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Clulow, C. (2014). Othello, by William Shakespeare, directed by Nicholas Hytner, National Theatre, London, 2013. Cpl. Fam. Psychoanal., 4(1):101-103.

(2014). Couple and Family Psychoanalysis, 4(1):101-103

Arts Review

Othello, by William Shakespeare, directed by Nicholas Hytner, National Theatre, London, 2013

Review by:
Christopher Clulow, Ph.D.

Othello and the Questioning of Difference: A Reflection on James Fisher's and Nicholas Hytner's Representations of Shakespeare's Tragedy

In his elegant and imaginative discourse on couple relationships, The Uninvited Guest: Emerging from Narcissism towards Marriage (1999), James Fisher chose to start and end with tales of “hateful jealousy and suspicion” (pp. 1 & 247). Shakespeare's Othello was the tale with which he brought his book to a conclusion. His closing chapter, “Termination,” was not, as one might imagine, a guide to ending psychotherapy with couples, but a restatement of his main thesis: that the acceptance of the otherness of others is the key that opens the door separating narcissistic object relating from a real and passionate engagement with an intimate other—his view of marriage. Using Othello to illustrate his thesis is both apt and convincing. This is a play in which difference is rendered as disloyalty, otherness as betrayal. When the otherness of others cannot be accepted, when the illusion of sameness cannot be relinquished and mourned, then suspicion abounds, marriage remains unconsummated, and tragedy ensues.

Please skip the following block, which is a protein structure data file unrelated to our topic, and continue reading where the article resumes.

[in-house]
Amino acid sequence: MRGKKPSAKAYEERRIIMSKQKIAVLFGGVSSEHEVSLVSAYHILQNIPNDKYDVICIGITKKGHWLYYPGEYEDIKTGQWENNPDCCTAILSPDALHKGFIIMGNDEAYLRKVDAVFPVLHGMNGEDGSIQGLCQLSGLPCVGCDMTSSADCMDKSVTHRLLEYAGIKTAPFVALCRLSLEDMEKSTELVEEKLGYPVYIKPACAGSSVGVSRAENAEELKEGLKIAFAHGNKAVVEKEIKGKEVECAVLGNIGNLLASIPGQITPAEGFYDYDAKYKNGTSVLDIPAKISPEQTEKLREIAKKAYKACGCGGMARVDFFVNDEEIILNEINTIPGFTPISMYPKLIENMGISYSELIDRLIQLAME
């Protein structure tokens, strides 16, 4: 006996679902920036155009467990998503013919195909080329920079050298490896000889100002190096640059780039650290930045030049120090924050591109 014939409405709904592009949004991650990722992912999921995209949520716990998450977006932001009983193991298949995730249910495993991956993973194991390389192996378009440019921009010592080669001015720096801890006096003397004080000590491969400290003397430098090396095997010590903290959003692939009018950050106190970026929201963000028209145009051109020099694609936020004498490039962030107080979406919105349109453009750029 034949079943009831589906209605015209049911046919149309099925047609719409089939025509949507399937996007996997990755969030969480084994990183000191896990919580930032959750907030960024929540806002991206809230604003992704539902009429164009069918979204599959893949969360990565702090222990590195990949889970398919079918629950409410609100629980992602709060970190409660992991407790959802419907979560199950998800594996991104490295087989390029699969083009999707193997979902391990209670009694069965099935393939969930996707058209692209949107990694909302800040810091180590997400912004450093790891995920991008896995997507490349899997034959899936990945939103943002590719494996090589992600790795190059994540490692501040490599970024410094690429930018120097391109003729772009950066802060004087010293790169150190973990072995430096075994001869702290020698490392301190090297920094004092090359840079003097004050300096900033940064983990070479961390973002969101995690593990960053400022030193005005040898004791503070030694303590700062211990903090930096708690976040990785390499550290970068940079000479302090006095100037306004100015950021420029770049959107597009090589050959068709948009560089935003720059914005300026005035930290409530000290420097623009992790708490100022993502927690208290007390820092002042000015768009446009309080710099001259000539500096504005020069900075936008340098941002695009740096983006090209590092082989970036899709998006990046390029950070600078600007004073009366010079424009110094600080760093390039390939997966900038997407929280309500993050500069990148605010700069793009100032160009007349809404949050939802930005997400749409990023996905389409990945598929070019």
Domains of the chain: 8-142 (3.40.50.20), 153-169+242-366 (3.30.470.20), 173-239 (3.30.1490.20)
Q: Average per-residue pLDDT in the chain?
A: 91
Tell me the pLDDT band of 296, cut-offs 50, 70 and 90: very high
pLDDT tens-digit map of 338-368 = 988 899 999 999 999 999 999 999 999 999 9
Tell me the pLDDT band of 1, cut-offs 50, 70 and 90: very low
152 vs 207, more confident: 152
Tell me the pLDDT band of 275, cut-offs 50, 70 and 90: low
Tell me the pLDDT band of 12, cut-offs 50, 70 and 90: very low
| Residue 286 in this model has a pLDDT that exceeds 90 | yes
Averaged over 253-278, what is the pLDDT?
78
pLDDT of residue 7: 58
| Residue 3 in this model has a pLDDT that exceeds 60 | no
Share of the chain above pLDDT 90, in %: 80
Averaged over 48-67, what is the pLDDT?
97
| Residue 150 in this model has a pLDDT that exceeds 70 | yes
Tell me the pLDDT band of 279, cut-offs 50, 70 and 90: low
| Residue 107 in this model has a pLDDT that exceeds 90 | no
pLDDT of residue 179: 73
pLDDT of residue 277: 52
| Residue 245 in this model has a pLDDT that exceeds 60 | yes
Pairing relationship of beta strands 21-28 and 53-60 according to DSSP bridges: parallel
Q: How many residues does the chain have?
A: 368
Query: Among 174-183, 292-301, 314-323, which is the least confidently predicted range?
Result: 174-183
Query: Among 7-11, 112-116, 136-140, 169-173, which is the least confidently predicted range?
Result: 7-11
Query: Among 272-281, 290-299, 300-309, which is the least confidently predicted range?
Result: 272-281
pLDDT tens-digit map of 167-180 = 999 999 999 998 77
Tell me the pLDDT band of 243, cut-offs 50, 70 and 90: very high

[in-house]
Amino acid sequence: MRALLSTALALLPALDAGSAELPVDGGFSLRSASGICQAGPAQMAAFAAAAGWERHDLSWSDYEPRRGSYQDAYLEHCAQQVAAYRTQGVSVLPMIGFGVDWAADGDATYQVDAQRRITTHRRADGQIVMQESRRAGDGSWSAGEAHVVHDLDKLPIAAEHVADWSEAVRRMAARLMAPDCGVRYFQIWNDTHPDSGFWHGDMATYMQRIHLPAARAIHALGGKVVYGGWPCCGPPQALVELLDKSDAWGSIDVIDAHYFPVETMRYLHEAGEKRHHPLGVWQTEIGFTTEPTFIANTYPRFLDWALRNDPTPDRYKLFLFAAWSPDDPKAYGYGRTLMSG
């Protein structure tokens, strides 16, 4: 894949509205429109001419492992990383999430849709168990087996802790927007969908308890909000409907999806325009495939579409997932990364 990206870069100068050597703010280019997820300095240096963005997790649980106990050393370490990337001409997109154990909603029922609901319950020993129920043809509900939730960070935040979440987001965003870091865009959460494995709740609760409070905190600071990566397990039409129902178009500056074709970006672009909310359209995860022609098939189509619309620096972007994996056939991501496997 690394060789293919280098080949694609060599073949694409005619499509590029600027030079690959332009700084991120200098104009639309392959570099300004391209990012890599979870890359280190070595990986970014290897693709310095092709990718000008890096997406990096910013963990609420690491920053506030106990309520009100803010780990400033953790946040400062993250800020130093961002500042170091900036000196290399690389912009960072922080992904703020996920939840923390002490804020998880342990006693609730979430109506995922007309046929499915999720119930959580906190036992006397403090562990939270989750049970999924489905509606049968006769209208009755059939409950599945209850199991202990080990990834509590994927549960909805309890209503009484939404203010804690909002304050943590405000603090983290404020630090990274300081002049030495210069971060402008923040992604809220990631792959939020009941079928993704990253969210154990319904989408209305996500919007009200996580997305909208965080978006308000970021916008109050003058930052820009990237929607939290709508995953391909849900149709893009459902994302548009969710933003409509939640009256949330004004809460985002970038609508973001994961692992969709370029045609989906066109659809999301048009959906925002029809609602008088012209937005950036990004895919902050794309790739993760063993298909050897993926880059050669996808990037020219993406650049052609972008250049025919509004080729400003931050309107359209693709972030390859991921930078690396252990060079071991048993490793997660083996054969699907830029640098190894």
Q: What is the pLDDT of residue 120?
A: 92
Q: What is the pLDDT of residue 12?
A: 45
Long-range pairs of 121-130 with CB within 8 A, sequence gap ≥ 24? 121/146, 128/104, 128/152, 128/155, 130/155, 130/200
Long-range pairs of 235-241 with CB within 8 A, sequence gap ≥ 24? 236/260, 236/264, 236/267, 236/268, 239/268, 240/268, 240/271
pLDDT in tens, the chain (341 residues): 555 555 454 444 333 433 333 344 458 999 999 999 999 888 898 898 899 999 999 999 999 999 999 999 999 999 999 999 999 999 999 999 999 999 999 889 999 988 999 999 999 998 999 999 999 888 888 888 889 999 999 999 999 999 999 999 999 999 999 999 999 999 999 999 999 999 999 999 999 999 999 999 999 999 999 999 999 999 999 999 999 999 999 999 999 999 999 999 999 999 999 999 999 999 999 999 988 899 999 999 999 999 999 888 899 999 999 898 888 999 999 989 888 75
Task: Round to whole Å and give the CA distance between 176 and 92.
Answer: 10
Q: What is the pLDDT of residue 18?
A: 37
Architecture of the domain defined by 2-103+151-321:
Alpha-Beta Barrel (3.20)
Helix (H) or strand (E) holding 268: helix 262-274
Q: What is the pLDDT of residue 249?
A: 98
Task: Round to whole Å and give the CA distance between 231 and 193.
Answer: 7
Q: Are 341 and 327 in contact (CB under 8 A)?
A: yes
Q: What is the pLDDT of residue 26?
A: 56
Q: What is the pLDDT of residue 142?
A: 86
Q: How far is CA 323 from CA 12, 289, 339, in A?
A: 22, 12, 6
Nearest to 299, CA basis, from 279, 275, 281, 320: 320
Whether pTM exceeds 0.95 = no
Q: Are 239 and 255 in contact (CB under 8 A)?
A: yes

Othello and Desdemona's marriage could not have been founded on greater differences. He is black, she white; he comes from the wrong side of the tracks, she from a political elite; he's a hardened self-made soldier, she a soft, cosseted daughter; he has age and experience, she has youth and beauty. What started with Brabantio, Desdemona's father, drawing Othello into the family fold—

Her father lov'd me; oft invited me;

Still questioned me the story of my life

From year to year, the battles, sieges, fortunes

That I have passed. (I, iii, 128-131)

developed into a marriage founded on complementing difference:

She lov'd me for the dangers I had pass'd,

And I loved her that she did pity them.

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